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Mayoral candidate unveils plan to protect black Londoners from crime

Lib Dem Rob Blackie points out black people are six times more likely to be murdered in London than white people, reports Noah Vickers, Local Democracy Reporter

Rob Blackie outside New Scotland Yard (credit Andrew King Photography)
Rob Blackie outside New Scotland Yard (credit Andrew King Photography)

The Liberal Democrats’ candidate for London mayor has promised to reduce the “completely unacceptable” levels of crime suffered by black Londoners.

Unveiling his ‘Race Equality Plan for Policing’ on Thursday (4th), the party’s City Hall contender Rob Blackie pointed out that black Londoners are six times more likely to be murdered and twice as likely to be raped than white Londoners.

He also argued that Labour mayor Sadiq Khan “has not made any significant progress” on addressing the issue.

Khan’s team said the election was a “two horse race” between him and Tory candidate Susan Hall, and that the mayor was working to tackle the issue by “addressing the underlying causes of violence such as poverty, alienation and lack of opportunity”.

Blackie pledged to build “stronger relationships” between the police and London’s black communities, while implementing measures to recruit, retain, and promote black police officers, with “regular reviews by the mayor to ensure accountability and progress”.

He said: “Black people are six times more likely to be murdered in London [than their white counterparts], twice as likely to be raped, 66 per cent more likely to suffer domestic abuse, and over 2.5 times more likely to be a victim of a hate crime.

“This is completely unacceptable, and the current mayor, Sadiq Khan, has not made any significant progress.

“Since he has been in charge of the Met, the proportion of black police officers has only increased from 3% in 2016 to 3.6% in 2023.”

According to the 2021 census, 13.5% of Londoners are black. In her damning review of the Met’s culture last year, Baroness Casey said that the organisation “has failed to significantly improve the recruitment and retention of black officers at all levels”, adding that this was “particularly true of black and ethnic minority women”.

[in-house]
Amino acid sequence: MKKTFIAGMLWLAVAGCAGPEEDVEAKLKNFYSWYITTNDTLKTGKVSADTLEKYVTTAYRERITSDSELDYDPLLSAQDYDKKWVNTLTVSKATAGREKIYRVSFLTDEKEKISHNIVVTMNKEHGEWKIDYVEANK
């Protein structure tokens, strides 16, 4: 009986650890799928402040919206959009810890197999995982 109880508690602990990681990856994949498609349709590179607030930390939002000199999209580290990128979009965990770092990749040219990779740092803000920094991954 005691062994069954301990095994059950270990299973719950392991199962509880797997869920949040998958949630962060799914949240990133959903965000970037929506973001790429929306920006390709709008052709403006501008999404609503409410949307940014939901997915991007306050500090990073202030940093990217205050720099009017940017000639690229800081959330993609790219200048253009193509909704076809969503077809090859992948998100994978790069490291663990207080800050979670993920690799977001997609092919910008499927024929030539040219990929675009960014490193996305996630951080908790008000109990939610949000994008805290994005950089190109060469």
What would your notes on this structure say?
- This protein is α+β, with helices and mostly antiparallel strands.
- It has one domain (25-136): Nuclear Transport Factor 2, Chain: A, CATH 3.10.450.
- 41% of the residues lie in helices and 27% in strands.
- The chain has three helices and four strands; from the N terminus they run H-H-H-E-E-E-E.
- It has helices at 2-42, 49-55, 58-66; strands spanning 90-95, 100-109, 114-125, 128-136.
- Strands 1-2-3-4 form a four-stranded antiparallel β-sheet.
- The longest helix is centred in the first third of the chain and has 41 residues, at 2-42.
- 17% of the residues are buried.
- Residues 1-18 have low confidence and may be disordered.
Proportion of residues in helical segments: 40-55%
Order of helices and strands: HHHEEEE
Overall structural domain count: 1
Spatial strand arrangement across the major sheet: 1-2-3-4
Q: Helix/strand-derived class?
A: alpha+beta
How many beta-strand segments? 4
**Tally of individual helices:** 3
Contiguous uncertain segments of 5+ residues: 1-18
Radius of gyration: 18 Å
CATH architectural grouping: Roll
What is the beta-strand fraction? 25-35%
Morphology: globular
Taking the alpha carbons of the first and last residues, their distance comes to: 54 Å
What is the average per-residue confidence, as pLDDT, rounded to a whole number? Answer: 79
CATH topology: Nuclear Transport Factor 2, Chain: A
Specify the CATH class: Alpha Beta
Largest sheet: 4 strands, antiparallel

Blackie’s team said that he would boost the recruitment of black officers, PCSOs and staff by adopting the model used during the initial period after the Macpherson Report’s publication, “when this focus was successful, before a loss of political will”.

The candidate has also pledged to improve and accelerate the vetting process for new recruits, starting with automated social media audits “as manual searches are drastically slowing recruitment”, and to introduce a police survey with the aim of capturing at least 10 per cent of all interactions between the police and public.

He added: “I will also conduct a comprehensive analysis of stop and search practices using bodycam footage to assess efficacy and minimise negative impacts on community relations.

“The mayor has promised to do this work for years, but has not succeeded”.

Blackie revealed in November last year that a study into how officers are using their power to stop and search, first announced by the mayor in 2020, had still not been delivered more than three years on.

Responding, a spokesman for Khan said: “This election is a close two-horse race between Sadiq and the Tory candidate who doesn’t believe in the causes of crime and thinks the problems of the Met Police should be dealt with ‘behind closed doors’.

“It is a sad truth that young black Londoners are over-represented as both victims and offenders and this is something we have worked to highlight in the past.

“It’s not skin colour that determines your chances of being a victim or a perpetrator, but many other environmental factors such as disproportionate rates of poverty, unemployment and school exclusions.

“We’re tackling this by addressing the underlying causes of violence such as poverty, alienation and lack of opportunity. These are crucial and require everyone – from Government, national policy makers, those in health, education, the criminal justice system and the police, to all work together to prevent violence happening in the first place.”

The London mayoral election will take place on 2nd May, along with elections for the London Assembly.


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